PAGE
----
Uncontrolled haemorrhage remains a leading cause of preventable mortality and morbidity. The LMTS is leading or collaborating on a number of research projects aimed at better understanding the coagulation systems response to injury.


Within minutes of injury, up to 1 in 4 severely injured patients develop a clotting dysfunction, termed Acute Traumatic Coagulopathy (ATC) that exacerbates bleeding and increases transfusion requirements, morbidity and mortality. ACIT is designed to identify the clinically significant mechanisms by which the body’s inflammation and coagulation pathways are activated immediately following major trauma. It also allows the monitoring of any change in functional blood coagulation, during the course of treatment with blood components and procoagulant agents. The study is revealing how trauma leads to coagulopathy and a perturbed inflammatory response, which leads to increased transfusion requirements and adverse outcome in terms of organ failure and death.


Major haemorrhage is the most common preventable cause of death in the trauma population. Whilst we have shown that low fibrinogen levels on admission to hospital are independent predictors of early mortality in trauma patients, larger definitive studies are required to evaluate the use of fibrinogen replacement in major trauma haemorrhage.

There are two sources of fibrinogen for use in major blood loss; cryoprecipitate and fibrinogen concentrate. Despite being a fifth of the cost (per gram of fibrinogen) compared with fibrinogen concentrate, cryoprecipitate is a pooled blood component with high but variable fibrinogen concentration and contains other plasma proteins which may confer additional clotting benefit.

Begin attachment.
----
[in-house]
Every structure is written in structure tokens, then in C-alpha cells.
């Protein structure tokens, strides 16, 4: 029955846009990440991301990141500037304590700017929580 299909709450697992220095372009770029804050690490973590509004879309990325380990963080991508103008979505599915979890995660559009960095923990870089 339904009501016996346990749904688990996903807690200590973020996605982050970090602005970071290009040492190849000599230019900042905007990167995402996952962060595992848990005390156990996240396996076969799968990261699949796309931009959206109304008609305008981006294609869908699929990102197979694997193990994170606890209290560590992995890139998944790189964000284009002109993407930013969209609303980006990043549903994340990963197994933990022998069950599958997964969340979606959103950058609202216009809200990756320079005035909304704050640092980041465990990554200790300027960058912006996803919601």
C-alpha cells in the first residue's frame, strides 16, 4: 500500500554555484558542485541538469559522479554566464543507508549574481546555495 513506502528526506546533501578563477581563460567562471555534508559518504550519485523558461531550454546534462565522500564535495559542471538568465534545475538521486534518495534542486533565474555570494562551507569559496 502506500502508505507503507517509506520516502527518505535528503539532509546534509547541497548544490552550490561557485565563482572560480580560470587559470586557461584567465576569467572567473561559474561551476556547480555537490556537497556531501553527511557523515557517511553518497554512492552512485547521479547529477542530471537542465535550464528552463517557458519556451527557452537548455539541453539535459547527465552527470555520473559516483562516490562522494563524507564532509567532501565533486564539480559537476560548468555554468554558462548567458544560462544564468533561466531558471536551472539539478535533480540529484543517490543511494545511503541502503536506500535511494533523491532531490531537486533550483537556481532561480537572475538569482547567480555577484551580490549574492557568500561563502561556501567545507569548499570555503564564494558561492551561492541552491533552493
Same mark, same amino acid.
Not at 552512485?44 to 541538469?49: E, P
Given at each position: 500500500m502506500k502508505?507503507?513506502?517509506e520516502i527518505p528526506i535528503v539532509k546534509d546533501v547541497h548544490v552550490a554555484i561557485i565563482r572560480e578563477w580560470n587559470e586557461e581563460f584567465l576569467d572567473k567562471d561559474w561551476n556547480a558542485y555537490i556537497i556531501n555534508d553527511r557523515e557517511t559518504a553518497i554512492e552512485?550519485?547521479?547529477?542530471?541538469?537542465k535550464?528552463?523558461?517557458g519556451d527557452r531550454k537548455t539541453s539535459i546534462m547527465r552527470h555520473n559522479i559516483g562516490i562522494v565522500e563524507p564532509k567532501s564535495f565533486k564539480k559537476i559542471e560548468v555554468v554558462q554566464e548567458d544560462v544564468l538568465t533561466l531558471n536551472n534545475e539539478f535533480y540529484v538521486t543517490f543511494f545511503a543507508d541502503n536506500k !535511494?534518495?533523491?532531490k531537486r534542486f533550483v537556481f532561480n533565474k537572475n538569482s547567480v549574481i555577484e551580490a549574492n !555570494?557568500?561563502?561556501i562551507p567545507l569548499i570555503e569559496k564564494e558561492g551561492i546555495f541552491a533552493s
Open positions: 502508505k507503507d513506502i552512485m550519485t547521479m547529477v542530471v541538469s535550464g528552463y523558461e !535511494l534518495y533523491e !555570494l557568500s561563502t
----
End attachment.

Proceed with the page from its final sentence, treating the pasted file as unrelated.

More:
CRYOSTAT-1 was a feasibility study for a multi-centre, randomised controlled trial (RCT) evaluating the effects of early administration of high-dose cryoprecipitate (i.e. a source of fibrinogen) in adults suffering major traumatic haemorrhage. This 1-year study recruited 43 patients by September 2013, with all study patients completing a subsequent 3-month follow-up visit.

We were able to demonstrate the feasibility of delivering early cryoprecipitate in patients at two major trauma centres (Royal London Hospital and John Radcliffe, Oxford).

This study also constituted the UK’s first co-developed civilian-military RCT which was conducted in parallel at Camp Bastion, Afghanistan.

CRYOSTAT-1 suggesed that early cryoprecipitate therapy maintained acceptable blood fibrinogen levels during active bleeding, with a signal for reduced mortality (3 deaths vs. 6 deaths) in the treatment arm of the study. More information about the trial can be found in this article and also here.


In 2017, C4TS and NHS Blood & Transplant were awarded £2.4m from the National Institute for Health Research Health and Bart’s Charity to carry out a large multi-centre Randomised Controlled Trial (RCT) to evaluate early cryoprecipitate in major traumatic haemorrhage (CRYOSTAT-2).

The trial will test the effect of early cryoprecipitate (within 90 minutes of admission) compared to standard blood transfusion therapy, on 1568 severely bleeding trauma patients from each Major Trauma Centre (MTC) in London and across the UK. C4TS European partners in the TACTIC study will also participate, as well as four trauma centres in the US.

Patient recruitment commenced in July 2017 and the trial will run for 36 months.  The study will provide the answer as to whether early cryoprecipitate transfused for major traumatic bleeding saves lives.

This will be the first national transfusion study in the UK since trauma networks were established in England and Wales. Improved transfusion practices have the potential to save millions of lives globally.

CRYOSTAT-2 has it's own website with more information for clinicians and patients.

For any queries, please contact principal Investigator: Dr Ross Davenport


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